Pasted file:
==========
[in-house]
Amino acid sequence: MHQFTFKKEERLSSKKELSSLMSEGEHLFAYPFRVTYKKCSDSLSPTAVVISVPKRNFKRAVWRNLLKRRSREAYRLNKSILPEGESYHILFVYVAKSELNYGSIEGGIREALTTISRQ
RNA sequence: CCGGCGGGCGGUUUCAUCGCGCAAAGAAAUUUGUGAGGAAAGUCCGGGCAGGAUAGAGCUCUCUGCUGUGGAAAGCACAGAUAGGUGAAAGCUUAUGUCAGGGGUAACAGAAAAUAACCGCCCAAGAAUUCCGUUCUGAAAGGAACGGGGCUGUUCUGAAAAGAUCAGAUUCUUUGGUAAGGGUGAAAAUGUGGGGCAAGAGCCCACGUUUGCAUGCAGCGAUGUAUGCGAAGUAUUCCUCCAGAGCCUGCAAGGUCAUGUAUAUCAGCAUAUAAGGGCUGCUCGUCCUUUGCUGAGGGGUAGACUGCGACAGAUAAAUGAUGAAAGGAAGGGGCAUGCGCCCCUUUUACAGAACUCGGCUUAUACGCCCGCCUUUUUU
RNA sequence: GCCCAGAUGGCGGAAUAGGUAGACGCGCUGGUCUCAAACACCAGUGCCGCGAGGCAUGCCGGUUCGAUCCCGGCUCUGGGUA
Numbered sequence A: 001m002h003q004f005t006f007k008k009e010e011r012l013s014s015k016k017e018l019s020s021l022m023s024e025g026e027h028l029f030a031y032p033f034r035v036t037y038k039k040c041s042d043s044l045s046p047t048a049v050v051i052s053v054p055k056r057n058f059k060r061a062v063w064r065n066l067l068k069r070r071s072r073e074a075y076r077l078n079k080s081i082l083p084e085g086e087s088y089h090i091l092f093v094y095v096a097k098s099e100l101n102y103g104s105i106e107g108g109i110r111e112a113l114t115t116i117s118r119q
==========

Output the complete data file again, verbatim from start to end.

[in-house]
Amino acid sequence: MHQFTFKKEERLSSKKELSSLMSEGEHLFAYPFRVTYKKCSDSLSPTAVVISVPKRNFKRAVWRNLLKRRSREAYRLNKSILPEGESYHILFVYVAKSELNYGSIEGGIREALTTISRQ
RNA sequence: CCGGCGGGCGGUUUCAUCGCGCAAAGAAAUUUGUGAGGAAAGUCCGGGCAGGAUAGAGCUCUCUGCUGUGGAAAGCACAGAUAGGUGAAAGCUUAUGUCAGGGGUAACAGAAAAUAACCGCCCAAGAAUUCCGUUCUGAAAGGAACGGGGCUGUUCUGAAAAGAUCAGAUUCUUUGGUAAGGGUGAAAAUGUGGGGCAAGAGCCCACGUUUGCAUGCAGCGAUGUAUGCGAAGUAUUCCUCCAGAGCCUGCAAGGUCAUGUAUAUCAGCAUAUAAGGGCUGCUCGUCCUUUGCUGAGGGGUAGACUGCGACAGAUAAAUGAUGAAAGGAAGGGGCAUGCGCCCCUUUUACAGAACUCGGCUUAUACGCCCGCCUUUUUU
RNA sequence: GCCCAGAUGGCGGAAUAGGUAGACGCGCUGGUCUCAAACACCAGUGCCGCGAGGCAUGCCGGUUCGAUCCCGGCUCUGGGUA
Numbered sequence A: 001m002h003q004f005t006f007k008k009e010e011r012l013s014s015k016k017e018l019s020s021l022m023s024e025g026e027h028l029f030a031y032p033f034r035v036t037y038k039k040c041s042d043s044l045s046p047t048a049v050v051i052s053v054p055k056r057n058f059k060r061a062v063w064r065n066l067l068k069r070r071s072r073e074a075y076r077l078n079k080s081i082l083p084e085g086e087s088y089h090i091l092f093v094y095v096a097k098s099e100l101n102y103g104s105i106e107g108g109i110r111e112a113l114t115t116i117s118r119q